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Lord Yupa

February 2010

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Lord Yupa

LDAP + sudo == sysadmin happiness

Using the latest release of sudo, I was finally able to get sudo working with LDAP enabled on RHEL/CentOS 4. Previously, I had no trouble getting sudo working with LDAP on RHEL3 and RHEL5. However, when I added '--with-ldap' to the compile options on RHEL4, it completely broke sudo, preventing it from authenticating anything.

This is a huge win for us at work, because it makes handling sudo configurations significantly easier. Normally, you have to store the configuration in /etc/sudoers on every single box. With this, you can store your sudo configuration in LDAP, and have all of the sudo rules in a single centralized location. Update it once, and all configured machines will then pull it.

I've become a big fan of LDAP, and with sudo supporting it, I think that anyone using LDAP and not storing sudo information in LDAP is crazy.

Comments

You know, every time I try to do any research into LDAP, I run into a giant wall. All the descriptions are either too high-level (it's a directory service!) or too low-level (attribute formats), without any sort of medium-level bit. And that there doesn't seem to be any standard way to run these things. Grrr, so mostly LDAP just confuses me. :/

nscd?

Check nscd (Name Service Cache Daemon), if you haven't yet. It has a tendency to cache a lot of the things that get looked up via LDAP, especially user and group information.

If it's running, you can try shutting it off so all lookups will be repeated (increases traffic hitting LDAP server), or you can also potentially clear the local cache of a specific table, like nscd -i group or nscd -i passwd.

Re: nscd?

Darn, I was hoping that might do the trick. If I think of anything else, I'll let you know. I don't really use SuSE at all, though, so I'm not real familiar with it's quirks.

LDAP Confusion.

I know what you mean. I went through the same thing the first few times I looked at it.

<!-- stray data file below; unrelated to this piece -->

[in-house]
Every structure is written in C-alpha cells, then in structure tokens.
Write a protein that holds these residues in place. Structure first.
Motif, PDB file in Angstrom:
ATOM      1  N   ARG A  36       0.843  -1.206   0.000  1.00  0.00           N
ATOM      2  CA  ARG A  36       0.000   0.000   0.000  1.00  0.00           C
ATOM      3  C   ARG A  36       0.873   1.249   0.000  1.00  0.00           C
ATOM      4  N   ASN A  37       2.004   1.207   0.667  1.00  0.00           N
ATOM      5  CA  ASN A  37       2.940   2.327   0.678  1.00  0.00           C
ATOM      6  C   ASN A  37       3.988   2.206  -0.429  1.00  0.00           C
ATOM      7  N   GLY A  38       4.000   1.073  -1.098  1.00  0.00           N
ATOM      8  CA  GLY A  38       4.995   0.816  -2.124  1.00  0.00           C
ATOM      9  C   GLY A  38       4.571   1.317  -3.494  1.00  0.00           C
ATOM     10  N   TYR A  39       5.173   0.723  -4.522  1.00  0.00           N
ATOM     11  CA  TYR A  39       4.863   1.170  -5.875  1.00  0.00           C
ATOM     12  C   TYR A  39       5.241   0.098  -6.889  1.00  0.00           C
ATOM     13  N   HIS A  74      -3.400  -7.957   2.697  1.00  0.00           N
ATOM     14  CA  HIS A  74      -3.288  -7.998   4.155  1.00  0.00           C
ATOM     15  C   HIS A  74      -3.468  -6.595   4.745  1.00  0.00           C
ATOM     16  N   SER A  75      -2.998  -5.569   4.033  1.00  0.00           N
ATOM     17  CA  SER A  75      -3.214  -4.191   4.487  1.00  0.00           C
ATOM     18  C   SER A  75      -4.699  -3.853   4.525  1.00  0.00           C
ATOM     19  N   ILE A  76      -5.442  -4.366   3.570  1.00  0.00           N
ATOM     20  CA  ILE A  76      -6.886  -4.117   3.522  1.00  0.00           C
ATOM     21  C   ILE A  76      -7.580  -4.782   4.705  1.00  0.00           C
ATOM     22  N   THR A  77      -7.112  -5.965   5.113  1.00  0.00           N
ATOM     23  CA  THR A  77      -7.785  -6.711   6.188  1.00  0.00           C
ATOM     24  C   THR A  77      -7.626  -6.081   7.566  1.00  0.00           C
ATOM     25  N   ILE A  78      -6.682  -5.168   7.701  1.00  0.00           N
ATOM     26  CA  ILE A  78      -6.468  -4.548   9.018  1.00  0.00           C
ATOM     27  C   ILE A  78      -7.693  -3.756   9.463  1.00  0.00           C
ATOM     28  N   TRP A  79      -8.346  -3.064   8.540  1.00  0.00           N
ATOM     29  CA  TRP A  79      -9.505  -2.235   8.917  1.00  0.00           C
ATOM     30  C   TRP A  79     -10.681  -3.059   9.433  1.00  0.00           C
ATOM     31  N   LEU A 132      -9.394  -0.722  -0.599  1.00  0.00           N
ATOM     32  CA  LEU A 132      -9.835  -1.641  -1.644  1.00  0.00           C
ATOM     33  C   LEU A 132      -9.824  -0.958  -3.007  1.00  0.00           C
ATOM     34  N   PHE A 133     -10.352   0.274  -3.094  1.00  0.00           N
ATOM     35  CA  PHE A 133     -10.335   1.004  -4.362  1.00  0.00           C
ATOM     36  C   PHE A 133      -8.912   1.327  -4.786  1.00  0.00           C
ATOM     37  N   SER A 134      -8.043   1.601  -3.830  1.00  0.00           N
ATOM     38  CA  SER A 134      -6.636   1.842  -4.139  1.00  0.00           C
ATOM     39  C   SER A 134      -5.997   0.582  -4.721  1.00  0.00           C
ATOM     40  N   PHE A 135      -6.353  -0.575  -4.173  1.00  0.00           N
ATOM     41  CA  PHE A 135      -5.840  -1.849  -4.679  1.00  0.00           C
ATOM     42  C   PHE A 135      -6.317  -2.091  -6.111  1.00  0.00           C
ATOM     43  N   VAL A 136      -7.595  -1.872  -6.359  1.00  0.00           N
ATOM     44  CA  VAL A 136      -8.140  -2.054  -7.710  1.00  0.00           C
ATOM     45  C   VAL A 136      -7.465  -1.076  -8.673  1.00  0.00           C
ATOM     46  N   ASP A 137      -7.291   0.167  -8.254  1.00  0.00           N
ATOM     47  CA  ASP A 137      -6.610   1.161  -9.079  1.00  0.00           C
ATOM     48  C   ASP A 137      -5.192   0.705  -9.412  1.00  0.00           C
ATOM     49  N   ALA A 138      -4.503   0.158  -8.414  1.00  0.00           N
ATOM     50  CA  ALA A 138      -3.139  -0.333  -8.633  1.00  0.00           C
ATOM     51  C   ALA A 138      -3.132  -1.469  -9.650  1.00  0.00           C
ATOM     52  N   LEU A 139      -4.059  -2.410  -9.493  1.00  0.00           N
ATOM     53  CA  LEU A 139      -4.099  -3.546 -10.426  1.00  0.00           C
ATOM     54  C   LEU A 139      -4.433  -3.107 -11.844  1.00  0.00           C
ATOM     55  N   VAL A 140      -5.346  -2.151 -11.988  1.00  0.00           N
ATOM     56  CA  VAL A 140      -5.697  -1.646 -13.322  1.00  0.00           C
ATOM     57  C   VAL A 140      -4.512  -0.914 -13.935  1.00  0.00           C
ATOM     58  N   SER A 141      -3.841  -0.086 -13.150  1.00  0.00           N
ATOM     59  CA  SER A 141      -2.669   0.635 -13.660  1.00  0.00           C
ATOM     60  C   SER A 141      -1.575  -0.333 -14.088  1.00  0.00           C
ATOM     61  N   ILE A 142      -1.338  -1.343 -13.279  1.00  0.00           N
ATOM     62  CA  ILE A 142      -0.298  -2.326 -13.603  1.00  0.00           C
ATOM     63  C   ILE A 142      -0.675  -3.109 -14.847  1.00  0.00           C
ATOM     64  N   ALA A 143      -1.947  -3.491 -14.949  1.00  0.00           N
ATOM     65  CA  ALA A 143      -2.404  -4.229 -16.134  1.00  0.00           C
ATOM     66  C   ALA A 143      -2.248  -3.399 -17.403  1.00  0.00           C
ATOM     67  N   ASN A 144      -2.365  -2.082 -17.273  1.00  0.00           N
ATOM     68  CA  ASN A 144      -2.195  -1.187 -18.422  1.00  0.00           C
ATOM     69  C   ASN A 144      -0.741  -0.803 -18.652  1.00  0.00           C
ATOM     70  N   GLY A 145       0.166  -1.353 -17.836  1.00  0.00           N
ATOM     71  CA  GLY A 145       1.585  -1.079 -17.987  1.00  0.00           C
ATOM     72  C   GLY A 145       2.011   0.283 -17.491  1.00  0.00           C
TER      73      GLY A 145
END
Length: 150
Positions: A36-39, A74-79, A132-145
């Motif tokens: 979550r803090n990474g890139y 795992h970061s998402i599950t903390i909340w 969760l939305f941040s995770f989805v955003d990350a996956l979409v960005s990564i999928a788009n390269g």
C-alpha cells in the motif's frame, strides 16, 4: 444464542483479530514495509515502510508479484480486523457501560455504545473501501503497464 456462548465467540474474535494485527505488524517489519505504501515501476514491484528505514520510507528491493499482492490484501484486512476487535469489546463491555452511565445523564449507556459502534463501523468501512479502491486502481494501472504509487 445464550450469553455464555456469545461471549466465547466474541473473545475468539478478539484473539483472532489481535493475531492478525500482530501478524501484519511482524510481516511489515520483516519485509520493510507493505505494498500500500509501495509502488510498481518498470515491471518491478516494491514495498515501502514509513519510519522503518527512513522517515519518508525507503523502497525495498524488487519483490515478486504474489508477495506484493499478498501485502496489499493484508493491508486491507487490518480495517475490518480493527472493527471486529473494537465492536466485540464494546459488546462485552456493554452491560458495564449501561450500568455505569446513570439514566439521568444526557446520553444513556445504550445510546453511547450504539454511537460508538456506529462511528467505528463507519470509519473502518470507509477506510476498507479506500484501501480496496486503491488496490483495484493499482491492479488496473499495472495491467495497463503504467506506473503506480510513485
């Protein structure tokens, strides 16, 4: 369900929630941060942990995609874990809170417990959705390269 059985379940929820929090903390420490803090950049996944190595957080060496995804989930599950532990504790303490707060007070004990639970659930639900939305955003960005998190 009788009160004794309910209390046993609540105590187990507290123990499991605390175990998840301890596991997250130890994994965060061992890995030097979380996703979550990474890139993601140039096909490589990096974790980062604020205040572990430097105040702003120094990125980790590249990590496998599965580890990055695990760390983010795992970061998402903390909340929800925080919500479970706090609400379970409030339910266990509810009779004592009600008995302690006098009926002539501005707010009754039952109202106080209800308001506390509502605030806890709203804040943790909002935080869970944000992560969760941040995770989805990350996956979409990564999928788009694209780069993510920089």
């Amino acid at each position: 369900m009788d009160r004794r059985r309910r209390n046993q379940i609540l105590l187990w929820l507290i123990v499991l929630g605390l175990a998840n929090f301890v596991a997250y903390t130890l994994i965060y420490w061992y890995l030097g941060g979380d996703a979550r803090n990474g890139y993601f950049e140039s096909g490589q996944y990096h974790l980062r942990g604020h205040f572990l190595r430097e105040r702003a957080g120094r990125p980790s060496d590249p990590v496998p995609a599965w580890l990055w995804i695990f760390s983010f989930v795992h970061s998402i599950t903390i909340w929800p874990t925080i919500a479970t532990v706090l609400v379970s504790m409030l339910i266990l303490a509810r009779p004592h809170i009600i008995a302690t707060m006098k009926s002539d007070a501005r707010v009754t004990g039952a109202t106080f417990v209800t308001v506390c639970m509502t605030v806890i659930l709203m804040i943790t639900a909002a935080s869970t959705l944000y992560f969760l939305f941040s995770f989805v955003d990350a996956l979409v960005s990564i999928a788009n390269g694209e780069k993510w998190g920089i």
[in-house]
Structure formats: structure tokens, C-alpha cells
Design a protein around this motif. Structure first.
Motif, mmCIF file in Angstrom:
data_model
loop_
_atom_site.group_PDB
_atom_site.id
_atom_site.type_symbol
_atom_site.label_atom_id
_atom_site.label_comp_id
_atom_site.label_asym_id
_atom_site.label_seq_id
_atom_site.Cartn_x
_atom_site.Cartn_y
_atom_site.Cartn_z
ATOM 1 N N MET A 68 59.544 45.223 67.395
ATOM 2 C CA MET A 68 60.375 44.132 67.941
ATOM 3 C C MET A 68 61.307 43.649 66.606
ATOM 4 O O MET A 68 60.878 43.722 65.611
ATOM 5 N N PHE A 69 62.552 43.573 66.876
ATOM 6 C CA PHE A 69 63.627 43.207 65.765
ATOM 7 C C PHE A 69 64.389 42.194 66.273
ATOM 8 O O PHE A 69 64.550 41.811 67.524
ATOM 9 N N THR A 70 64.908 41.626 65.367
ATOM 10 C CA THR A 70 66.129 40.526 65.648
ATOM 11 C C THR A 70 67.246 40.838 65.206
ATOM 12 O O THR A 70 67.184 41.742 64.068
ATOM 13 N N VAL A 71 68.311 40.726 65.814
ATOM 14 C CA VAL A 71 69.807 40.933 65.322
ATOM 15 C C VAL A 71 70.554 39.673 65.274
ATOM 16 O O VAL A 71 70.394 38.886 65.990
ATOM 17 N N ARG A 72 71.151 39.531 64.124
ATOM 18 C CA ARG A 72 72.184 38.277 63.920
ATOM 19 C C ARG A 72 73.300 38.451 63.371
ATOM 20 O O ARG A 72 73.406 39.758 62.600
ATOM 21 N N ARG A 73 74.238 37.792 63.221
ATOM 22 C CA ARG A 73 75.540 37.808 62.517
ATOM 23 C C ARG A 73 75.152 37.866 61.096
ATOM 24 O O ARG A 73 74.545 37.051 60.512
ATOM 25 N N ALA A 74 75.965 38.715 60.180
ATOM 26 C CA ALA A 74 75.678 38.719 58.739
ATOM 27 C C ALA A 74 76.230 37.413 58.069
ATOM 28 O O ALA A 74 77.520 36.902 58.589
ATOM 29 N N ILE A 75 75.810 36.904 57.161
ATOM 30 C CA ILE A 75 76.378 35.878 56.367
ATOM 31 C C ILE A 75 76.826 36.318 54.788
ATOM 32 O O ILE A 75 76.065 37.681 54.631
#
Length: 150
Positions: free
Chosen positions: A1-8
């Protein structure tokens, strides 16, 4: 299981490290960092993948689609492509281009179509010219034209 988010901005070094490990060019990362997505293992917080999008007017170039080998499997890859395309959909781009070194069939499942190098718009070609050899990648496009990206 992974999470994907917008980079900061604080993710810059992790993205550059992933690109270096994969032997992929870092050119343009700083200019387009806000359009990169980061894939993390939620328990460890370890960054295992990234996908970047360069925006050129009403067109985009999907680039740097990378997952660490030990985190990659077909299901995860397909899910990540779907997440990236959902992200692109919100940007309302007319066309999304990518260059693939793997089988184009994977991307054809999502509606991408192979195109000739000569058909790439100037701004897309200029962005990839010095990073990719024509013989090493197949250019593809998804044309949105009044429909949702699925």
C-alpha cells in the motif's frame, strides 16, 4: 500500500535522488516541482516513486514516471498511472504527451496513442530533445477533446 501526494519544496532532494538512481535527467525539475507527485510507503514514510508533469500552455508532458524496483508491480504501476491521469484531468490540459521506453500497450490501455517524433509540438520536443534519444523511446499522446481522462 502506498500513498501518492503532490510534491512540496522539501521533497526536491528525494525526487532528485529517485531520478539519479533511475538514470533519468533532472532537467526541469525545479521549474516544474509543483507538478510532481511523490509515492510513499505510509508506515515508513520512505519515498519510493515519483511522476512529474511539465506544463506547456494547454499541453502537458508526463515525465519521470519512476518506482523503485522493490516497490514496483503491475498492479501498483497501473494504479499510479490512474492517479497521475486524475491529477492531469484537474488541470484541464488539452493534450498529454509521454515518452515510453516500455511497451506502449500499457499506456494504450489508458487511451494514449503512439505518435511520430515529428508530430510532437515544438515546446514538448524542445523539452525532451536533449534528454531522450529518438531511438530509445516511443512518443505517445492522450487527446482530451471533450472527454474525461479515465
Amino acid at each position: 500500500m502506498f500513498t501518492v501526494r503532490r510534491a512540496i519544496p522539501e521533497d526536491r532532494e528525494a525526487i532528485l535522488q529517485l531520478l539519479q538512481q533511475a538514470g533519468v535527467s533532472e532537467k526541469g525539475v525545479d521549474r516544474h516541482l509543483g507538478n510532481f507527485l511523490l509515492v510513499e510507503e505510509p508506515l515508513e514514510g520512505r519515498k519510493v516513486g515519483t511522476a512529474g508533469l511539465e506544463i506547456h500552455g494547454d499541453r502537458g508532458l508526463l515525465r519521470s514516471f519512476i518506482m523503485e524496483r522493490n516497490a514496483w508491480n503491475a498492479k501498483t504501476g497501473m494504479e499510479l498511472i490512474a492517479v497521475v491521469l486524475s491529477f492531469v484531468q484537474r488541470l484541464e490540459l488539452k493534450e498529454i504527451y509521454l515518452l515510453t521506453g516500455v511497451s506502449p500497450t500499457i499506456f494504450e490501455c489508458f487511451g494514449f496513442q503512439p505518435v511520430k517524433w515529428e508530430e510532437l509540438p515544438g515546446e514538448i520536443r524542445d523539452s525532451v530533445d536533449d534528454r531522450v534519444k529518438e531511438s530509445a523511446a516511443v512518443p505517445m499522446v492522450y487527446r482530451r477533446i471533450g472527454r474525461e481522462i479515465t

A few things that helped me with it were:
  • Thinking of it fundamentally as a database. A slightly unusual database that isn't SQL related, is generally read significantly more frequently than it is written, but is still a database.

  • From a system administration perspective, seeing how common system files such as /etc/passwd and /etc/group map to LDAP, and also how some of the less common, but easily as useful system config files, like automountd/AutoFS configs and /etc/sudoers and also be
    mapped to LDAP.

  • From a user directory perspective, it can be interesting to see how users are stored, along with informaion about them. Using LDAP for a user directory is very common.

  • It's hierarchical or tree-like. There's an LDAP root (in most modern cases, based on a domain name), and everything else goes from that.

  • It is extremely extensible by defining new schemas. New schemas allow you to define new entries and attributes, giving you a level of flexibility not unlike what you get with XML. Writing LDAP schemas is definitely non-trivial, but it's what allows you to store arbitrary information in an LDAP database relatively easily (and in a fairly portable way).

Re: LDAP Confusion.

Tree-like: Why are trees useful for this sort of database?

Do you have an example of what an LDAP database looks like?
Another option is to put sudoers under revision control. Either have the change process push it out (if you need changes to be immediate cluster-wide), or have each node checkout (or check for changes) ever X amount of time.

So far, whenever anyone's suggested LDAP for me, I've ran across something intersecting my current knowledge, so I've never taken the time to learn it.